The little schoolhouse with its flagpole on top and its two doors in front, one for boys and the other for girls, stood on the crest of a hill, with rolling fields and meadows on one side, a stretch of pine
woods on the other, and the river glinting and sparkling in the distance.
An almost noise- less and blinding flash of light, and a man fell headlong and lay still; and as the unseen shaft of heat passed over them, pine
trees burst into fire, and every dry furze bush became with one dull thud a mass of flames.
Their feeling of brotherhood, however, was strong enough to induce them to contribute a mutual aid in building a rude hut of branches, and kindling a great fire of shattered pines
, that had drifted down the headlong current of the Amonoosuck, on the lower bank of which they were to pass the night.
No sooner did he set eyes on the stranger, than, leaping on his feet, and seizing his walking stick, he strode a mile or two to meet him; all the while brandishing the sturdy pine
tree, so that it whistled through the air.
He then moved softly along the margin of the road, keeping his eyes steadfastly fixed on the branches of a pine
Looking across the valley, the eye was deceived by the size of things, and could not at first realise that what seemed to be low scrub, on the opposite mountain- flank, was in truth a forest of hundred-foot pines
He could see nothing in front but the twin sombre walls of pine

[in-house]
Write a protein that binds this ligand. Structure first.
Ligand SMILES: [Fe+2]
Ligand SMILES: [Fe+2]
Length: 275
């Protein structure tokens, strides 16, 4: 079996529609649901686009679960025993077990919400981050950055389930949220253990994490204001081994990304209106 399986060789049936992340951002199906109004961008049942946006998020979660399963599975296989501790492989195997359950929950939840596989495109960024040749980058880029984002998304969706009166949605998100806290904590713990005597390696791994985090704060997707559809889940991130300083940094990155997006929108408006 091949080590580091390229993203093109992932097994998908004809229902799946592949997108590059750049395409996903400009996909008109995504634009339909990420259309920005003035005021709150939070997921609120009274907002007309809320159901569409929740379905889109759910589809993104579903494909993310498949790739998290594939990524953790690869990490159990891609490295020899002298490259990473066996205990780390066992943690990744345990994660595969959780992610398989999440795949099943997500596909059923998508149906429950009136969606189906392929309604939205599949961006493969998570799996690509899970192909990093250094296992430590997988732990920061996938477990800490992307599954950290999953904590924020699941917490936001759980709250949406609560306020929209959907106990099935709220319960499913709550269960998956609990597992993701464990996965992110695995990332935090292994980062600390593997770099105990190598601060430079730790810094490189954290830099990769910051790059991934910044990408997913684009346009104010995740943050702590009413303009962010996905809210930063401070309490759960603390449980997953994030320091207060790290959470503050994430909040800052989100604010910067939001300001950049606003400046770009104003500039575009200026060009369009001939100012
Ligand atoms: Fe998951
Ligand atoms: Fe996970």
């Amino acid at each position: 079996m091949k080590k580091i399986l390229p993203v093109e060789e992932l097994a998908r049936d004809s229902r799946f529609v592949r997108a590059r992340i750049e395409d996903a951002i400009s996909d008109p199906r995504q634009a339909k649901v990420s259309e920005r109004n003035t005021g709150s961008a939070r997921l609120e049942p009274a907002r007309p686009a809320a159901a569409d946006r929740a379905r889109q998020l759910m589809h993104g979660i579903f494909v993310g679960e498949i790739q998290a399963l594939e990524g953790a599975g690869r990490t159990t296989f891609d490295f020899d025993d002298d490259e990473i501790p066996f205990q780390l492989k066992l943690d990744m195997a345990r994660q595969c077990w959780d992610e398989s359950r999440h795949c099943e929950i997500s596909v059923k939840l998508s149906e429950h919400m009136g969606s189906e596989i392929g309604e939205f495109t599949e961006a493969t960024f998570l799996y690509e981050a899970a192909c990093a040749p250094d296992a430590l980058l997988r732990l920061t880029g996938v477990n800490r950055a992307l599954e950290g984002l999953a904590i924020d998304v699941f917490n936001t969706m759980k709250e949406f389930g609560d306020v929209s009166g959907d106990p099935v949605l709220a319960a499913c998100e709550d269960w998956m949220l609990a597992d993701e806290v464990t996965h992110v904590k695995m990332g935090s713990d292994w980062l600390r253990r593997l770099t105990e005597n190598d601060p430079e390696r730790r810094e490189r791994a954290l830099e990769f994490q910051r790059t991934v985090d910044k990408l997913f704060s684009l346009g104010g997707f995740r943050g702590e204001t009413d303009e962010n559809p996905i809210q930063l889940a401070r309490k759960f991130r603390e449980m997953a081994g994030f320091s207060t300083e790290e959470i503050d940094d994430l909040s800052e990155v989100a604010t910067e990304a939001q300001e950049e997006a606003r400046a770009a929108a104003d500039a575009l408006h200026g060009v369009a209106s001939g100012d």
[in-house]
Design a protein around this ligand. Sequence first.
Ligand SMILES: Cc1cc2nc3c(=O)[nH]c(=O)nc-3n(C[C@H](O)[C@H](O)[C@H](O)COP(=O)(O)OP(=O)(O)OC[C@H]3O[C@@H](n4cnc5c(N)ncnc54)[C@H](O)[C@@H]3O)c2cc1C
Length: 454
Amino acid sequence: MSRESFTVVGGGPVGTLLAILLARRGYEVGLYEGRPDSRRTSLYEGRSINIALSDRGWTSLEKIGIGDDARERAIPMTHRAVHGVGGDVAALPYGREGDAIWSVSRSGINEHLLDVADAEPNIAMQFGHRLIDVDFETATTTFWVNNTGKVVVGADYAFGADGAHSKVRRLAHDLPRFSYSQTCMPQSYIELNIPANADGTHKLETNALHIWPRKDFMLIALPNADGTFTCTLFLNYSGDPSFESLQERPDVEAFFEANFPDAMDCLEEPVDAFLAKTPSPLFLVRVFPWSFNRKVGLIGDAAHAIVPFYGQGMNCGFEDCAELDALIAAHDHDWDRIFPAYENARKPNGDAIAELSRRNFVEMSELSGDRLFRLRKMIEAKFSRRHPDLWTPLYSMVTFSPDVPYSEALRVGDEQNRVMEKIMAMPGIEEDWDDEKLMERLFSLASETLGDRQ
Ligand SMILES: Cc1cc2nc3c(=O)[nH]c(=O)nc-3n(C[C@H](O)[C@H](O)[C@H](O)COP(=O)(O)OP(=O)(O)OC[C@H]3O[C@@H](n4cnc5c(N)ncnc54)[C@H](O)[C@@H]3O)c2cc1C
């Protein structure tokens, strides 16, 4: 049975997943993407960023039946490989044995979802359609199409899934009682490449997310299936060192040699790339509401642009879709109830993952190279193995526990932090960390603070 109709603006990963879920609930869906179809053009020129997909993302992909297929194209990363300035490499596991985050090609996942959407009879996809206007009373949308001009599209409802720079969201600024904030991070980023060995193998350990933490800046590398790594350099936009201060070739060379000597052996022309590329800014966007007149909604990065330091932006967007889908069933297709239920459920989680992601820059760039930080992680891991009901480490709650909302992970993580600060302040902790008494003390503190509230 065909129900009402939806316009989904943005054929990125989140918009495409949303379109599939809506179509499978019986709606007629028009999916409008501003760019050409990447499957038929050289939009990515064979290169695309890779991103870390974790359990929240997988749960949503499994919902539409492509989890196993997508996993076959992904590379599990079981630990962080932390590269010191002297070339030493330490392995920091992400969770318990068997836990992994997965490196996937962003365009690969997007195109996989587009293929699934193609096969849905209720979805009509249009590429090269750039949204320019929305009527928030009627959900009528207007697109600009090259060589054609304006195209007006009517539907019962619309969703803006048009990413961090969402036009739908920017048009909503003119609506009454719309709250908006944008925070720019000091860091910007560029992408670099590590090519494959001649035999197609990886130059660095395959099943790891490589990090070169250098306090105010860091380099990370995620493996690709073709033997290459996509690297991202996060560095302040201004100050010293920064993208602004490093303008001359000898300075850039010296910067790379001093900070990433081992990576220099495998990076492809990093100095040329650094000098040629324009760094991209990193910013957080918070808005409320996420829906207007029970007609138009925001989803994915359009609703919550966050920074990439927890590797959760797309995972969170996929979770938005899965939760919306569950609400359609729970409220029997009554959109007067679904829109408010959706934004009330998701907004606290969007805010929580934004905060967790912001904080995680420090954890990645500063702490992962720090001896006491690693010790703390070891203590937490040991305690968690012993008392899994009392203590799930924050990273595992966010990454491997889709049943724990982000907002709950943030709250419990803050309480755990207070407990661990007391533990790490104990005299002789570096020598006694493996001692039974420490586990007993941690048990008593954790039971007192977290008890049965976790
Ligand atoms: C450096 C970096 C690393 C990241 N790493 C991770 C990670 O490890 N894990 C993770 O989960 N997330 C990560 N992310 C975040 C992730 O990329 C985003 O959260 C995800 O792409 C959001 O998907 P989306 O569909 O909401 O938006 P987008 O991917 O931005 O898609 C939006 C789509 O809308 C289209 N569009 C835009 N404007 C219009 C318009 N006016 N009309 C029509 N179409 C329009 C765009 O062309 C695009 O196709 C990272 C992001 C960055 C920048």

and the wedge of starlit sky above them.
At the bend of the Danube, vessels, an island, and a castle with a park surrounded by the waters of the confluence of the Enns and the Danube became visible, and the rocky left bank of the Danube covered with pine
forests, with a mystic background of green treetops and bluish gorges.
Jupiter chose the oak, Venus the myrtle, Apollo the laurel, Cybele the pine
, and Hercules the poplar.
And going to a bigger pine
, he rose by his own unaided exertions to the top branch, where he sat, all bedaubed with the pitch which that vegetable exudes.
Until the snow disappeared she went out to the main road by the long Armstrong lane; but when spring came she was wont to take a shorter way, down the pine
hill, across the brook, past Jasper Dale's garden, and out through his lane.
It was a pleasant hillside where I worked, covered with pine
woods, through which I looked out on the pond, and a small open field in the woods where pines
and hickories were springing up.